I sat down with our CEO, Jay Siff, to discuss direct mail’s position in the current marketing landscape as well as what’s in the cards for the channel in 2015 and beyond. How can direct mail be utilized to bolster the effectiveness of cross-media campaigns? Is there ever a time to stop testing a direct mail strategy? And what do marshmallows have to do with marketing? Read on to find out.
Q: The popularity of digital outreach channels shows no sign of waning in 2015. Is there still a place for direct mail in today’s marketing mix?
A: I certainly think there’s a place for direct mail today and probably forever. One of the things we’ve noticed is that because many businesses are focusing solely on digital marketing (which we don’t recommend), you get a greater opportunity to be noticed in the mailbox. In some respects, direct mail is probably more effective today than it was before the digital age.
Think about it… with more and more emphasis on email and social marketing, fewer companies are deploying targeted direct mail campaigns. Those businesses who are strategically using this channel as a method of outreach have less competition in the mailbox, so their response rate is markedly higher than in previous years.
Also, over the last five years, neuromarketers have started mapping the human brain to see how people respond to various stimuli. A print piece creates more of an emotional engagement than a digital piece, so simply holding a direct mail piece in your hands seems to light up parts of your brain that a digital piece doesn’t. I don’t see direct mail going away in the foreseeable future.
Q: What developments do you anticipate for direct mail this year?
A: One of the beauties of direct mail today is the ability to include it in a cross-media marketing campaign. If you do a direct mail piece ahead of, or during, a digital marketing campaign, you can measure the spikes in traffic on your website. So I imagine you’ll see a lot more coordination between direct mail, email and social marketing campaigns in 2015.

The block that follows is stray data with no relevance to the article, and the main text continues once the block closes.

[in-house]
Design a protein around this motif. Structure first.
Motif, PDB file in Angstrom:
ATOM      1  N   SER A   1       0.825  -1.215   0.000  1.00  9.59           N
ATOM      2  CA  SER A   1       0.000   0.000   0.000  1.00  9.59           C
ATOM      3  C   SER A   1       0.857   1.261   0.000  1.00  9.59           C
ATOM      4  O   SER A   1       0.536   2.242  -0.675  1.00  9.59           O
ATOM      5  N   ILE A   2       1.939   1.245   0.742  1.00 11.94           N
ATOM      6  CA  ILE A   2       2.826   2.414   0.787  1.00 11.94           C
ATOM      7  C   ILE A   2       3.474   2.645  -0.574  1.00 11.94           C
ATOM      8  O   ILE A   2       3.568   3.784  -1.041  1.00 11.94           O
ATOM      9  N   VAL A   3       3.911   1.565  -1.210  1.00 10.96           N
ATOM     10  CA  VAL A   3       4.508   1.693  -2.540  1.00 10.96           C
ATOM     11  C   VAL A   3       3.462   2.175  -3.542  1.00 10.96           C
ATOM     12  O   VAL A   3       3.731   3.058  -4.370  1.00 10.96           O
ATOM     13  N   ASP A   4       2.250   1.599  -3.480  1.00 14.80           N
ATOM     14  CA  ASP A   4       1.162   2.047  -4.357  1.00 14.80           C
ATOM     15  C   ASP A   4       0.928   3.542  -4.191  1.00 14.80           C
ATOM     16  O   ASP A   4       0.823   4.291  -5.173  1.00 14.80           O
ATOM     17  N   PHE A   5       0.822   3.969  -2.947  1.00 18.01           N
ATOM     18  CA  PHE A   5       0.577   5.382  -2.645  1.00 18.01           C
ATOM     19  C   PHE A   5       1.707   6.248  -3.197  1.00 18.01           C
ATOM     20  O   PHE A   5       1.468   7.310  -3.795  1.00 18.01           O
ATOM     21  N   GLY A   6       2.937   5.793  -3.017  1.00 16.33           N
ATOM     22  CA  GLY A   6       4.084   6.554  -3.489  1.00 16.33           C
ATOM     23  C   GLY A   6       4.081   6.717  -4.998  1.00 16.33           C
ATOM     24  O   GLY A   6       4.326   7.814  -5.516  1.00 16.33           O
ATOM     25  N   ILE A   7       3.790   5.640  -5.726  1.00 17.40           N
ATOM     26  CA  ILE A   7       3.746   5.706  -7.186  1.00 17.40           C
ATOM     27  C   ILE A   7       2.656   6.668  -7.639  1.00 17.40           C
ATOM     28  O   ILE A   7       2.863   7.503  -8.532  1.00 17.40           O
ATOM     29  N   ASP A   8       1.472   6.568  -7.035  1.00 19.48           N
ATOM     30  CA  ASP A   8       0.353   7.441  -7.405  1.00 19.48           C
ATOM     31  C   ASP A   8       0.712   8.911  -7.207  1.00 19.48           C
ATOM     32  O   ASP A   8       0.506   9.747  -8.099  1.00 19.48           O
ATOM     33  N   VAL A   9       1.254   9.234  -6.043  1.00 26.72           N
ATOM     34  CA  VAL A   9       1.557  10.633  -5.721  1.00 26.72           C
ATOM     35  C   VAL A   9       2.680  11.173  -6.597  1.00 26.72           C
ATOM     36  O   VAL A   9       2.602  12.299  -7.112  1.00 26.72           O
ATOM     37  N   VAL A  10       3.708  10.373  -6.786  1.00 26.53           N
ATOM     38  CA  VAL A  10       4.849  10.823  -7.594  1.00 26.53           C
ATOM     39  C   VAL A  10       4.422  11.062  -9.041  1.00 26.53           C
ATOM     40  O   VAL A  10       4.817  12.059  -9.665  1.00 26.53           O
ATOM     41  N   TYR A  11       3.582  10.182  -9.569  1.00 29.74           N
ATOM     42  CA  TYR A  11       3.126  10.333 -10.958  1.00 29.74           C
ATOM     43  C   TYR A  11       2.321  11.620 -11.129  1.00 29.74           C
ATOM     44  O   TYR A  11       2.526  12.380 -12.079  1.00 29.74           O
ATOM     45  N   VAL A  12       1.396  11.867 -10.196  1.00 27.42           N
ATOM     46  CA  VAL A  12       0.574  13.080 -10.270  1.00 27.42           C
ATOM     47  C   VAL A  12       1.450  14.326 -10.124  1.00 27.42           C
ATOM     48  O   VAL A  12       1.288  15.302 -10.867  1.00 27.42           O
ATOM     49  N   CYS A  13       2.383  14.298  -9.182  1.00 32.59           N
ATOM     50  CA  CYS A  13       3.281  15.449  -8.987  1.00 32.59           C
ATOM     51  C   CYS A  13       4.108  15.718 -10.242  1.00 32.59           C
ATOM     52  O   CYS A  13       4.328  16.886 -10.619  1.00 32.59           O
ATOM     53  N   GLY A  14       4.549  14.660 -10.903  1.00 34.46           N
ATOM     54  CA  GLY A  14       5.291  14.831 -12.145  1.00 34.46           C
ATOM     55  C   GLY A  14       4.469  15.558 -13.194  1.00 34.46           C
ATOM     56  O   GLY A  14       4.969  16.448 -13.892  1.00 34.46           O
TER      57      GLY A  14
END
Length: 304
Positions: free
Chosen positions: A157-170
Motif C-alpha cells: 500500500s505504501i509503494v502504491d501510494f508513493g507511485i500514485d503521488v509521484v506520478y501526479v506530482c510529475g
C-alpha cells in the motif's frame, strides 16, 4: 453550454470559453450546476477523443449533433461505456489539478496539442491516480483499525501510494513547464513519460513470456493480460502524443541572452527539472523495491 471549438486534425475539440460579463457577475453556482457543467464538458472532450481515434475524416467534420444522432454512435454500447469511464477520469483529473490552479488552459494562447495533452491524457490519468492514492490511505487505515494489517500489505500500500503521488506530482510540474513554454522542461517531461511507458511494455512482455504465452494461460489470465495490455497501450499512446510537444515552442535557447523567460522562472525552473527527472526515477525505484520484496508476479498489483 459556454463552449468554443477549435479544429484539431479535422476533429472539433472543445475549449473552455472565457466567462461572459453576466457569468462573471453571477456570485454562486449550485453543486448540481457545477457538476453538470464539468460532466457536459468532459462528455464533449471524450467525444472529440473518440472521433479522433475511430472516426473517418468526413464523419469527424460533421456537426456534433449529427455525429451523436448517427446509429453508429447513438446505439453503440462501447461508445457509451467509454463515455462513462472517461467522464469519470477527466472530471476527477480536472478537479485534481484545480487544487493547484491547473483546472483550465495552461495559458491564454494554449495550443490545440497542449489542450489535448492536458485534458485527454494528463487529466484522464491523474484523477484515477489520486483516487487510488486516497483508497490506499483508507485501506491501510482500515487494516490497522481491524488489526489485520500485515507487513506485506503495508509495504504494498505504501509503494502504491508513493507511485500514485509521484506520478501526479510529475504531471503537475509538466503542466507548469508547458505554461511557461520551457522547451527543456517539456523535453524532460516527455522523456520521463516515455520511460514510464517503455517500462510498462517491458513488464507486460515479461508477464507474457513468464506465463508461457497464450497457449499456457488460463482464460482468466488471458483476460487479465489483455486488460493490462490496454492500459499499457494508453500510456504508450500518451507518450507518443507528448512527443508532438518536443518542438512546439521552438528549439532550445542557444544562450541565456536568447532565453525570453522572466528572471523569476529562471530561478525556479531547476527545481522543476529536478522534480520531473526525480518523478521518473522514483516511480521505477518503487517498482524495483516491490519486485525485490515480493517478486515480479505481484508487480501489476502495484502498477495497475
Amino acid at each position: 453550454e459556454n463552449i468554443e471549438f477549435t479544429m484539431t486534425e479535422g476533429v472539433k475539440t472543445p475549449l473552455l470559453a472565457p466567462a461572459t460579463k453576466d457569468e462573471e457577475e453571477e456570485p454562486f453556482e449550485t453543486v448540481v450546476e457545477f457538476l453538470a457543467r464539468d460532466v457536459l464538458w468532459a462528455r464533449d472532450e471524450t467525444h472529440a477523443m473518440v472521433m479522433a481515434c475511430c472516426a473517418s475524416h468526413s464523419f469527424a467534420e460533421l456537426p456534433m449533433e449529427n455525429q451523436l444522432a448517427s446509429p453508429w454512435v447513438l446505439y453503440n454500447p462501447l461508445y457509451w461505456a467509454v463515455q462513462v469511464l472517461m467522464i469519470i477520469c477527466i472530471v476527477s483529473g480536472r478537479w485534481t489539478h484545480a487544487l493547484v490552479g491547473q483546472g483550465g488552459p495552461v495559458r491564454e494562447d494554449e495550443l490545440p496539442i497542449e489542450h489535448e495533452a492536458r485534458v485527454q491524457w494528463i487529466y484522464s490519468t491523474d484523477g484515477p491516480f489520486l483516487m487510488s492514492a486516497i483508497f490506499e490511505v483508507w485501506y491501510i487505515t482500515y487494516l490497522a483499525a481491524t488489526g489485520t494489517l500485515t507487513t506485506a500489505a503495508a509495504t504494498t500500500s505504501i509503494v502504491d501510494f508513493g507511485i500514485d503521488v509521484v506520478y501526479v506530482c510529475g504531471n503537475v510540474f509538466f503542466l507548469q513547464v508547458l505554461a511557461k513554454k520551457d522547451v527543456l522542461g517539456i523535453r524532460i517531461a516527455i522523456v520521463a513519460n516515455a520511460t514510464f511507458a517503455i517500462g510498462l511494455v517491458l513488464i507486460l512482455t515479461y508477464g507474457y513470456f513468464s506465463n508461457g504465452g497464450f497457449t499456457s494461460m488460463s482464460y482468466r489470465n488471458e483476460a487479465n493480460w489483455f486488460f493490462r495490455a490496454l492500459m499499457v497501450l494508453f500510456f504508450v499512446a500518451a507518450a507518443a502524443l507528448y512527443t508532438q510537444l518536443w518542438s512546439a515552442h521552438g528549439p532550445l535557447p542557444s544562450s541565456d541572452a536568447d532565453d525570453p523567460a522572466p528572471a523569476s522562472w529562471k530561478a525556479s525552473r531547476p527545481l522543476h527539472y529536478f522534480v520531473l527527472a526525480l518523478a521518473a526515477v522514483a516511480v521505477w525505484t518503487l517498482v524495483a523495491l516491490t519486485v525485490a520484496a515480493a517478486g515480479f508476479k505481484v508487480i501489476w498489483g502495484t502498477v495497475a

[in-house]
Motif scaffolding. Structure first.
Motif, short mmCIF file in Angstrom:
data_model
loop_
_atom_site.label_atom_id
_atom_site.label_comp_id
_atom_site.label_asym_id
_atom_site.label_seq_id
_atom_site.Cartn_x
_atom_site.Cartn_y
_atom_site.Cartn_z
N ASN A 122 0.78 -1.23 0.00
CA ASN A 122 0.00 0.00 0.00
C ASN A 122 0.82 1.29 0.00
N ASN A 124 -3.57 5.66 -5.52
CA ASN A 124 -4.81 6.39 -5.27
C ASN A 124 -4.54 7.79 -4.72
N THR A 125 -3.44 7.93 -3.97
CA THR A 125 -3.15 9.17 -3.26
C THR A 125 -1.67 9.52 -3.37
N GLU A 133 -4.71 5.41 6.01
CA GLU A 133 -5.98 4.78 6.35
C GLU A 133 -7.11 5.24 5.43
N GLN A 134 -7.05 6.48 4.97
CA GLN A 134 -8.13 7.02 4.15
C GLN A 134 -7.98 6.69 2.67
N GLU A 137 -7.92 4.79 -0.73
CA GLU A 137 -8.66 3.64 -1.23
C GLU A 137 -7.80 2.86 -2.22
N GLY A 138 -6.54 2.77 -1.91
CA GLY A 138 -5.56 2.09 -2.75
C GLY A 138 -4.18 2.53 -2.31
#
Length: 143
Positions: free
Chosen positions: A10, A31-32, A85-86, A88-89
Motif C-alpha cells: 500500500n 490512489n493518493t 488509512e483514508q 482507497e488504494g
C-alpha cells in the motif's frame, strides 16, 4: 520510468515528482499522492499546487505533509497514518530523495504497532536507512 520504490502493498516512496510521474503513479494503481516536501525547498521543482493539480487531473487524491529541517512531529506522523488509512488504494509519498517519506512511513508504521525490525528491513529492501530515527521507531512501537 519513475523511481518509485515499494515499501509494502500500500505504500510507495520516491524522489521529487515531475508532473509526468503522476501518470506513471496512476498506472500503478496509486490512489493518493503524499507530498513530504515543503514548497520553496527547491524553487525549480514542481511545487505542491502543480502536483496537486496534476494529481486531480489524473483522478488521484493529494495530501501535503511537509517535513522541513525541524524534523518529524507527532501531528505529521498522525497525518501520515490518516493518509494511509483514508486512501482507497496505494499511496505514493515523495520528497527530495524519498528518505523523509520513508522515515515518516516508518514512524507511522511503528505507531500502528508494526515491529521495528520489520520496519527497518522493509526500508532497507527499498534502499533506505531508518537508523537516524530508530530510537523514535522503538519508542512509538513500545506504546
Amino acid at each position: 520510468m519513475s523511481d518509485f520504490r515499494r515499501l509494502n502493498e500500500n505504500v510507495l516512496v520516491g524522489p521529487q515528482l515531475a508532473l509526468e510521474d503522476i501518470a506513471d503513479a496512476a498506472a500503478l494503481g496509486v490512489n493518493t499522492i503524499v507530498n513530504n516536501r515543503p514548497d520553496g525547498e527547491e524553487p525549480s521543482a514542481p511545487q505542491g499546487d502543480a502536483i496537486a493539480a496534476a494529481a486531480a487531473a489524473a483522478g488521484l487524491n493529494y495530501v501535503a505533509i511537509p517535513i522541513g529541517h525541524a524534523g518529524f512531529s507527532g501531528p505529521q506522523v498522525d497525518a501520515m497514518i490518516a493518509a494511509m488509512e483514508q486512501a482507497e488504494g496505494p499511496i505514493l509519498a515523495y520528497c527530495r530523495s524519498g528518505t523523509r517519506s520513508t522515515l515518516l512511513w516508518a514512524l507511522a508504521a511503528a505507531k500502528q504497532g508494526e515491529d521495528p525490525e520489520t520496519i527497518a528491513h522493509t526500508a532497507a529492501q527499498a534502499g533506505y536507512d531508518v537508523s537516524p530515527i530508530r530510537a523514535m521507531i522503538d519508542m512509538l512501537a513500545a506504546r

For instance, we do direct mail for restaurants, and in the old days, it was, “Come on in and try us!” The recipient didn’t really know much else about the business other than what was in our letter. Now, we can say, “Go to my website, and look at my menu. Go to Facebook or Yelp and find out what other people are saying about me.” That cross-channel tie-in strengthens direct mail outreach, and there are other technologies coming down the pike to enhance that connection.
Q: How can direct mail build on the “new year, new start” momentum?
A: There’s that seasonality, so you can certainly come out with new offers. Getting back to neuromarketing, using the word “because” always enhances response rates. It makes everything seem real. You can tie into that by saying, “We’re having a New Year’s sale because it’s January.” It’s also an extraordinary time of year to collect information from people you might not otherwise see and then try to market to them.
In terms of resolutions, who doesn’t decide to watch what they’re eating after the holidays? Putting five new salads on the menu and advertising these via direct mail is certainly something restaurants could do.
Q: How should SMBs adjust their direct mail strategies to maximize recipient engagement this year?
A: Test, test and re-test! Test different formats, mailing times, offers, graphics and wording. You’re never done. Always test against your control, and when you find something that beats it, that becomes your new control. Don’t assume what you send is the best you can do. Try something different. To me, whether it’s next year or any time in the future, just keep testing every aspect of your direct mail strategy.
Cross-media marketing is also something to make sure you’re taking advantage of. If your business has a good Yelp rating, tell the world. If you’re trying to build an email database, make sure you include a spot on your mailers for customers to jot down their email addresses.
Q: How can direct mail marketers measure their success?
A: What you ultimately want is to measure your ROI. What did you spend to do the direct mail piece? What did the offer cost you (the actual product cost, not the retail value), and how many sales did it create?
Sometimes businesses fail to take long-term value into account. Not only did Mrs. Jones come in and buy something from you one time because of a mailer, but she became a regular customer, buying from you for the next 10 years.
A blog post I wrote last month related marketing to the Marshmallow Test, asking if you have the discipline to not only break even on short-term ROI but make new customers who are going to be worth a lot over the long-term. If you can’t use the ROI metric, you can do response rates – look for spikes by checking weekly hit counts on your website, for example.
Do you have questions about tying your direct mail campaign into email or social media marketing strategies? Shoot me an email.